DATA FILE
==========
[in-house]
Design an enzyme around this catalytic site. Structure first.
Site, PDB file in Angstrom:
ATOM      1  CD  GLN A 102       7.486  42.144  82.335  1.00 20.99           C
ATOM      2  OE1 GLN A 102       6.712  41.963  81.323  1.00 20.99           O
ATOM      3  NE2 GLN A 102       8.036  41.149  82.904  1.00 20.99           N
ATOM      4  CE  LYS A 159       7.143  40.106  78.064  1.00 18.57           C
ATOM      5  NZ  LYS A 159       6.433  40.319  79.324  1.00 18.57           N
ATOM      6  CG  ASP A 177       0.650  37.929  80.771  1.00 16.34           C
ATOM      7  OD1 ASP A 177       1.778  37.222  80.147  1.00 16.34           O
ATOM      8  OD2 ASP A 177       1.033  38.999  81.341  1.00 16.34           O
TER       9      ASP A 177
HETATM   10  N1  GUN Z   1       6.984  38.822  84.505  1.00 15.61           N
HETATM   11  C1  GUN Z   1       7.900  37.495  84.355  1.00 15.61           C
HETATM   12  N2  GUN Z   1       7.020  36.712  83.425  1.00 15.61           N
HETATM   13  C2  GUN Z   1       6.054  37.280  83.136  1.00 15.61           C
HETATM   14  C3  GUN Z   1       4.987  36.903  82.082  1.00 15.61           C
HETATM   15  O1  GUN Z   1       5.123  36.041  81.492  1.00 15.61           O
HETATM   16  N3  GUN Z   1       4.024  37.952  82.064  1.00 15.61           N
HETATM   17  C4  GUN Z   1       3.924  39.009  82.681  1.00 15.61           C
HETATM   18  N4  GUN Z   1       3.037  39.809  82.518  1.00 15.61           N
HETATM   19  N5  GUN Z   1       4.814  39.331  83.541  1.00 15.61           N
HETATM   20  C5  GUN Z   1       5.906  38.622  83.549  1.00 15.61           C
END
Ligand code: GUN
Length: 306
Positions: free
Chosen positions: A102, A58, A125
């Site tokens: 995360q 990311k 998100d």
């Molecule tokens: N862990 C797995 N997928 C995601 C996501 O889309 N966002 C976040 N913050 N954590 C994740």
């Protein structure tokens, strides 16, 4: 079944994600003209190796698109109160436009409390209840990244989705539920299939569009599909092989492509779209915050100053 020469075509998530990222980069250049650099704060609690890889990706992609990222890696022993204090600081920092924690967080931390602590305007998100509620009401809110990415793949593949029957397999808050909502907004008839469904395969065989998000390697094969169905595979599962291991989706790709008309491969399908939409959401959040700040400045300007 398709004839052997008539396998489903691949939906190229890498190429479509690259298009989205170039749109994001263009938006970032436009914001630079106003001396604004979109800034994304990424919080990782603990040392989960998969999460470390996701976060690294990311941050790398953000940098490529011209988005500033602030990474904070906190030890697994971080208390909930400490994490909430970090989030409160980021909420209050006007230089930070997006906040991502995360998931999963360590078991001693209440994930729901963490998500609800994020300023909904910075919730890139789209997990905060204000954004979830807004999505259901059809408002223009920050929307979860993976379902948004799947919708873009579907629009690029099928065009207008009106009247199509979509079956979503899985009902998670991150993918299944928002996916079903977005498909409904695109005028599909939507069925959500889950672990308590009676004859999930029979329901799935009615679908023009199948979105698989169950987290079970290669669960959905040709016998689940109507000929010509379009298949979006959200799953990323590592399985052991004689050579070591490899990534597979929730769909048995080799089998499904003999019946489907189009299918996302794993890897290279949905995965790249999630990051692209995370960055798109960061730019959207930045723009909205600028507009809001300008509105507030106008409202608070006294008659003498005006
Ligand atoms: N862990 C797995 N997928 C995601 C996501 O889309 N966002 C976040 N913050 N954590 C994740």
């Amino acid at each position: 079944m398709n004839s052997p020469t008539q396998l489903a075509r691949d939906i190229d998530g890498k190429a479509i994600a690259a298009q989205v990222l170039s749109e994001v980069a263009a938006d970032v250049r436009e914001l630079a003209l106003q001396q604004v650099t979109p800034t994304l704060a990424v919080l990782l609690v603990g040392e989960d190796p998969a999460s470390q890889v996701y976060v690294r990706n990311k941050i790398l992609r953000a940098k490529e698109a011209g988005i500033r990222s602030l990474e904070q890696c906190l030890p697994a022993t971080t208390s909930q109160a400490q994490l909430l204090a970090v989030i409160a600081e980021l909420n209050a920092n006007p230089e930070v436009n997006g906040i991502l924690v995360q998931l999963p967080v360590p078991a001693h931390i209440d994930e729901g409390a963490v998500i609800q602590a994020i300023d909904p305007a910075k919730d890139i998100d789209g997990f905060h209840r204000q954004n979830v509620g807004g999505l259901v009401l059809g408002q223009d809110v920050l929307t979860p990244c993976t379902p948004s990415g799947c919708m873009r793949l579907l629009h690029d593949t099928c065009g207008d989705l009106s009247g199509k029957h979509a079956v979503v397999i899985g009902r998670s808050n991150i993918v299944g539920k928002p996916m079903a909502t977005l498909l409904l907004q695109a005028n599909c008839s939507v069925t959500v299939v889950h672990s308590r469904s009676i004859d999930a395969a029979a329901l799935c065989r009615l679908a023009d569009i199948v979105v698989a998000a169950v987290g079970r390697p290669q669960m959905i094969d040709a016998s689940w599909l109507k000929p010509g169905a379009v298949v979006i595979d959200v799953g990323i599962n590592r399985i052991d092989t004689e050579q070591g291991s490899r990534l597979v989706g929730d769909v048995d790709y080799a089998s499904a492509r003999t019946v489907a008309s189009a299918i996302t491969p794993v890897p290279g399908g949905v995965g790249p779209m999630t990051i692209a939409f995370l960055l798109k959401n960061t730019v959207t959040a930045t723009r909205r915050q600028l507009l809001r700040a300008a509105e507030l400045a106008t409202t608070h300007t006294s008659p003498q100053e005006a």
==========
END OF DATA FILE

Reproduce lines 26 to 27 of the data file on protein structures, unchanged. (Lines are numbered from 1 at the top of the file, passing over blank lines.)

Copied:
Length: 306
Positions: free